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2 nm technology as seen using transmission electron microscopy. Photo: Courtesy of IBM Research.

IBM announced today it has reached a milestone in semiconductor manufacturing, producing chips with wiring just 2 nanometers thick.

Why it matters: Chips with thinner wiring typically consume less power and boost performance, while also taking up less space, reducing cost. The IBM process is still a couple years from being ready for full-scale manufacturing.

With wiring this thin, IBM says it can fit 50 billion transistors into a chip the size of a human fingernail. Or, put another way two nanometers is smaller than the width of a single strand of human DNA.

  • IBM says that, compared to today's leading-edge chips with 7-nanometer wiring, the 2-nanometer chips can improve performance by 45% using the same amount of power, or use 75% less energy while maintaining the same performance level.

The big picture: The advance also comes amid increased interest in boosting American chip manufacturing, which is seen as necessary for both national security and economic competitiveness.

  • A global chip shortage has further highlighted the benefits of the U.S. having its own domestic capacity.
  • Intel has recently recommitted to continuing in-house chipmaking and vowed to invest billions at chipmaking plants in Arizona, New Mexico and Israel.

Meanwhile: IBM CEO Arvind Krishna is also releasing a new policy agenda that includes support for the Endless Frontier Act, a bill that would change the approach of the National Science Foundation to focus on helping bridge the gap between academic research and commercial technology.

What's next: IBM says it will work with chipmakers who want to use its 2-nanometer technology in their future manufacturing processes.

Go deeper: Computer chips are still "Made in USA"

Go deeper

Teachers across the U.S. protest laws restricting racism lessons

Thousands of teachers and other educators held protests across the U.S. Saturday against the actions of "at least 15 Republican-led states" that aim to restrict teaching about racism in class, the Washington Post reports.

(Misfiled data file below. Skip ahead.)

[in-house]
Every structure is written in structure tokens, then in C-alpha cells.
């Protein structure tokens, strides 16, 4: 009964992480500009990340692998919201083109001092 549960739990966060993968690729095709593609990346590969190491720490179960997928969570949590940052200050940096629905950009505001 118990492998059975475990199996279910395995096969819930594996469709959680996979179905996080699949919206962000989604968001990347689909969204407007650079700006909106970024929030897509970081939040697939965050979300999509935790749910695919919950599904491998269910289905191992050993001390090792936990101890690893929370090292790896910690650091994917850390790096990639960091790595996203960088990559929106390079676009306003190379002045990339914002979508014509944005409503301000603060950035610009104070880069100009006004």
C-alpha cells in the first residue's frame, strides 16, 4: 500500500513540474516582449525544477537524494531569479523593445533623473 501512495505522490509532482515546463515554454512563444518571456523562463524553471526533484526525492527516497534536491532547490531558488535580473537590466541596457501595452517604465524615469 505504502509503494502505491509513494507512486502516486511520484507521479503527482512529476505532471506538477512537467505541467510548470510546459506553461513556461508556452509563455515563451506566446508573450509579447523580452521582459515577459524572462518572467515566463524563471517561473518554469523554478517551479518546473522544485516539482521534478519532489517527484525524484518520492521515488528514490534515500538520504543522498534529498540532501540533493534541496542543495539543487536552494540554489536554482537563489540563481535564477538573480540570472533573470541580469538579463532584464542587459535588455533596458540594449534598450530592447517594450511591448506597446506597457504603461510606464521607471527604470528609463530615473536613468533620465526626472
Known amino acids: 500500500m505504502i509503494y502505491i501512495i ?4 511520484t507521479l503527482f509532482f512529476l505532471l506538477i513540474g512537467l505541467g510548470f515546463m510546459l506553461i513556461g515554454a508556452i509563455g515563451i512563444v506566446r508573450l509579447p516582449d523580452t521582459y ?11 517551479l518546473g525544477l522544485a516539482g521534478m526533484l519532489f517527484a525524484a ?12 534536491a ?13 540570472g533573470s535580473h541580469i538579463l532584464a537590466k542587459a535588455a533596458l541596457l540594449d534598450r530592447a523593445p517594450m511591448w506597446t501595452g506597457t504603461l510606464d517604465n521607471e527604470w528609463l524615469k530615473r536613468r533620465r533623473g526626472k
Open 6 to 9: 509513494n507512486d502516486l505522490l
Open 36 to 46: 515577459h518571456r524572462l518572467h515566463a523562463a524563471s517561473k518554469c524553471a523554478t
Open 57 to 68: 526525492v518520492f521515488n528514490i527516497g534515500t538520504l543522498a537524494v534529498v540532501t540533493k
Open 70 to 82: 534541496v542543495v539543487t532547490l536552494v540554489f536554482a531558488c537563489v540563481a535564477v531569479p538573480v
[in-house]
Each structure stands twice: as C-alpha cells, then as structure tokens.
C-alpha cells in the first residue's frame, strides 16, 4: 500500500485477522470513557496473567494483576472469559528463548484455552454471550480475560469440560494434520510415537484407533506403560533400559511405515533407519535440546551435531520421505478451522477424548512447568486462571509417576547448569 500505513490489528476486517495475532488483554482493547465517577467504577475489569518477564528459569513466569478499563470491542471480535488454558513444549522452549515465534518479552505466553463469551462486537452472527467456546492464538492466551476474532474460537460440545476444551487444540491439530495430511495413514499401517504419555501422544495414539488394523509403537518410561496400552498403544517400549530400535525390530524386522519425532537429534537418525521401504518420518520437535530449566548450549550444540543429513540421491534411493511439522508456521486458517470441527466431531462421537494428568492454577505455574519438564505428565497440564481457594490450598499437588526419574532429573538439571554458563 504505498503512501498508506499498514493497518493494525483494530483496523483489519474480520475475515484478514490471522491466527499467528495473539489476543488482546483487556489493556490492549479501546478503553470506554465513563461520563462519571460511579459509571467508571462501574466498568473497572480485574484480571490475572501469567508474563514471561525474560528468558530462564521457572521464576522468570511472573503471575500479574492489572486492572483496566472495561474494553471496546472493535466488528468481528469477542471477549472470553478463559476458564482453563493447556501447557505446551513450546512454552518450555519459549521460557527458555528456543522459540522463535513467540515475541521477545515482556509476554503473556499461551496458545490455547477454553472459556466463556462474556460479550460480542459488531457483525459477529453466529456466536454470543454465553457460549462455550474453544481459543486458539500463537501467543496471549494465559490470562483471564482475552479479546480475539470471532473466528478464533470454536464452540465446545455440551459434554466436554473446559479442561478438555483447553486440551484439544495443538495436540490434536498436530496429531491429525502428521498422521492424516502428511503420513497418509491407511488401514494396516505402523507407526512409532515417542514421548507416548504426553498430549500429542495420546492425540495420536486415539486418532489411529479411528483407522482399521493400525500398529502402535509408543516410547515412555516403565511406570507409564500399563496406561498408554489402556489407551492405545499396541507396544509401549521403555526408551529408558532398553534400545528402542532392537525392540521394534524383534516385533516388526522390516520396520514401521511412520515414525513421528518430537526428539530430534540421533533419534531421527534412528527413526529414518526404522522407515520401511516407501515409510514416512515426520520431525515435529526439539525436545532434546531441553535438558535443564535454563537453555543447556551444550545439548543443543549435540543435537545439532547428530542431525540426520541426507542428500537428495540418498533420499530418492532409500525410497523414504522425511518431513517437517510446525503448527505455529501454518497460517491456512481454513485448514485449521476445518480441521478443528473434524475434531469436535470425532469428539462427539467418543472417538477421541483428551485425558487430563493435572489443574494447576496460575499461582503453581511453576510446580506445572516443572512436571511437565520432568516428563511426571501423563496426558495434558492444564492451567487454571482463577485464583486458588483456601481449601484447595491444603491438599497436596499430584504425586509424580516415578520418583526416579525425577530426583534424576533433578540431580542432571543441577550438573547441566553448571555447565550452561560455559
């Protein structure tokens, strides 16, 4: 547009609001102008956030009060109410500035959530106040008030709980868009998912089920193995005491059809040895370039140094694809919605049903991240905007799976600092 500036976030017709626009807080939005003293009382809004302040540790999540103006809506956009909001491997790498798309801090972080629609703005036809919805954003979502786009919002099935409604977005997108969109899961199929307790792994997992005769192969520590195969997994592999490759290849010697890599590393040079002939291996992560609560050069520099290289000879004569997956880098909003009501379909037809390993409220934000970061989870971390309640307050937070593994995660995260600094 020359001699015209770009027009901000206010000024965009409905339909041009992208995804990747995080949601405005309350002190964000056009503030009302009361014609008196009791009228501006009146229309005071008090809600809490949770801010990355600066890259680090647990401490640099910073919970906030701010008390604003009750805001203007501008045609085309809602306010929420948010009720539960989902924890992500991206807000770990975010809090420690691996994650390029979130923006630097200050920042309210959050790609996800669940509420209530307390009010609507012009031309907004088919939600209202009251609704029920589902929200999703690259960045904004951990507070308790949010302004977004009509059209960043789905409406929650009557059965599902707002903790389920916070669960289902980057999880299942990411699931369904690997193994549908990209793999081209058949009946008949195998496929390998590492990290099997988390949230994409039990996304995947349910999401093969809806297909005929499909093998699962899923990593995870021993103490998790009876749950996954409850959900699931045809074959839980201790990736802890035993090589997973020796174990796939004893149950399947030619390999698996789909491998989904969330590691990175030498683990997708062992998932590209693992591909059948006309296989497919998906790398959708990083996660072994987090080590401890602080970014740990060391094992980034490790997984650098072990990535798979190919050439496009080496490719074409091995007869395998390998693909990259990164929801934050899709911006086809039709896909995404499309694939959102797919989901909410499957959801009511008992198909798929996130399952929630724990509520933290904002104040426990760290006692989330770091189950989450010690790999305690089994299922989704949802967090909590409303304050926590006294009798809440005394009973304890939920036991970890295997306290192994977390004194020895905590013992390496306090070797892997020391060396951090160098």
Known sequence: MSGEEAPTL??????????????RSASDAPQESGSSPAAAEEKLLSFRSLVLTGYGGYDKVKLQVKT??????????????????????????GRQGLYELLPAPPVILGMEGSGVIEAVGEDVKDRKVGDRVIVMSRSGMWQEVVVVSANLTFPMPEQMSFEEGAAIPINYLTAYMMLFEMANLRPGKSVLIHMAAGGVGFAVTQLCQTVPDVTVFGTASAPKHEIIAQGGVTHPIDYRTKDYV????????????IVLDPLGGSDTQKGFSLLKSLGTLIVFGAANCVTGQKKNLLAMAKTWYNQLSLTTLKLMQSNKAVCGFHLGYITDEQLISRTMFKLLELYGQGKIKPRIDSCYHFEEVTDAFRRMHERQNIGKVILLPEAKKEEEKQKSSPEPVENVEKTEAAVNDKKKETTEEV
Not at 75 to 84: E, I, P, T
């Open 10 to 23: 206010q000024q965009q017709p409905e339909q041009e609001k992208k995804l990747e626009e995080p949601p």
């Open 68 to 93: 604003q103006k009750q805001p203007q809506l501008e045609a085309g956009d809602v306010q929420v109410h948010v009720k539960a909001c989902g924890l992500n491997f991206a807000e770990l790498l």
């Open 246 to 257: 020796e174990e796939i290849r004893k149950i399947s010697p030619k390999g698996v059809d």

Driving the news: There were demonstrations in at least 22 cities for the "Day of Action" to raise awareness about moves to limit students' exposure to critical race theory, which links racial discrimination to the nation's foundations and legal system, per Axios' Russell Contreras.

Updated 6 hours ago - Health

Lawsuit challenging Houston Methodist's COVID vaccine mandate dismissed

Houston Methodist Hospital in Houston, Texas. Photo: Brandon Bell/Getty Images

A federal judge on Saturday dismissed a lawsuit brought by 117 Houston Methodist staff over the hospital's policy requiring all employees to be vaccinated against COVID-19.

Why it matters: This is the first federal court ruling on a coronavirus vaccine mandate. Attorney Jared Woodfill, representing the plaintiffs, told KHOU 11 it's "the first battle in a long fight," as he vowed to file another lawsuit soon.

G7 leaders to announce plan to phase out gasoline cars

British Prime Minister Boris Johnson talks next to President Joe Biden and French President Emmanuel Macron at the G7 summit in Carbis Bay, Cornwall, England, on Saturday. Photo: Leon Neal/Getty Images

G7 leaders are set to announce Sunday a range of measures to tackle climate change, including "ending almost all direct government support" for fossil fuels and phasing out gasoline and diesel cars.

Driving the news: The plan was outlined in a British government announcement Saturday, which states that the leaders will also agree to halting "all unabated coal as soon as possible."